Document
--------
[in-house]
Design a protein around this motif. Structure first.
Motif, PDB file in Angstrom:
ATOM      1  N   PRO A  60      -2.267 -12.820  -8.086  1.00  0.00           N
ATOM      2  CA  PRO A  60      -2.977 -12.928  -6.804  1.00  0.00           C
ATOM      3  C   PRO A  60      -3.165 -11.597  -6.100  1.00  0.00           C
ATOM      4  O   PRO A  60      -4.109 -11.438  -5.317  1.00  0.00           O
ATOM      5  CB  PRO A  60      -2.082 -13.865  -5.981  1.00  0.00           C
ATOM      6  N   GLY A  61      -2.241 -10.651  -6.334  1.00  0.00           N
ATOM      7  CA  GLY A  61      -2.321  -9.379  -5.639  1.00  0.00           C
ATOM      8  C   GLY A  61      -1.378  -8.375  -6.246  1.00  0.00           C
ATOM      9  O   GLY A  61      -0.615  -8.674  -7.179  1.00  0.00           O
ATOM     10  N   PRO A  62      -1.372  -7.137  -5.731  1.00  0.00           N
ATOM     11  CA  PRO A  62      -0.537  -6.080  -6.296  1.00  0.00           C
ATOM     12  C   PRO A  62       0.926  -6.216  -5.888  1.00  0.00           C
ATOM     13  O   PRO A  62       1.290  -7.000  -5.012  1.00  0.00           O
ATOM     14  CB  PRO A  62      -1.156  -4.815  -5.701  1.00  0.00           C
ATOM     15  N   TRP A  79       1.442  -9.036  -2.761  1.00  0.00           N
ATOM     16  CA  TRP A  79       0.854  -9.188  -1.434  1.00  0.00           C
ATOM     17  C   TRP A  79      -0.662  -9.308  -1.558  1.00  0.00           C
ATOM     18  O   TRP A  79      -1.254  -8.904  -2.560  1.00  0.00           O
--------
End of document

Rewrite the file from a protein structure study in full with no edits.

[in-house]
Design a protein around this motif. Structure first.
Motif, PDB file in Angstrom:
ATOM      1  N   PRO A  60      -2.267 -12.820  -8.086  1.00  0.00           N
ATOM      2  CA  PRO A  60      -2.977 -12.928  -6.804  1.00  0.00           C
ATOM      3  C   PRO A  60      -3.165 -11.597  -6.100  1.00  0.00           C
ATOM      4  O   PRO A  60      -4.109 -11.438  -5.317  1.00  0.00           O
ATOM      5  CB  PRO A  60      -2.082 -13.865  -5.981  1.00  0.00           C
ATOM      6  N   GLY A  61      -2.241 -10.651  -6.334  1.00  0.00           N
ATOM      7  CA  GLY A  61      -2.321  -9.379  -5.639  1.00  0.00           C
ATOM      8  C   GLY A  61      -1.378  -8.375  -6.246  1.00  0.00           C
ATOM      9  O   GLY A  61      -0.615  -8.674  -7.179  1.00  0.00           O
ATOM     10  N   PRO A  62      -1.372  -7.137  -5.731  1.00  0.00           N
ATOM     11  CA  PRO A  62      -0.537  -6.080  -6.296  1.00  0.00           C
ATOM     12  C   PRO A  62       0.926  -6.216  -5.888  1.00  0.00           C
ATOM     13  O   PRO A  62       1.290  -7.000  -5.012  1.00  0.00           O
ATOM     14  CB  PRO A  62      -1.156  -4.815  -5.701  1.00  0.00           C
ATOM     15  N   TRP A  79       1.442  -9.036  -2.761  1.00  0.00           N
ATOM     16  CA  TRP A  79       0.854  -9.188  -1.434  1.00  0.00           C
ATOM     17  C   TRP A  79      -0.662  -9.308  -1.558  1.00  0.00           C
ATOM     18  O   TRP A  79      -1.254  -8.904  -2.560  1.00  0.00           O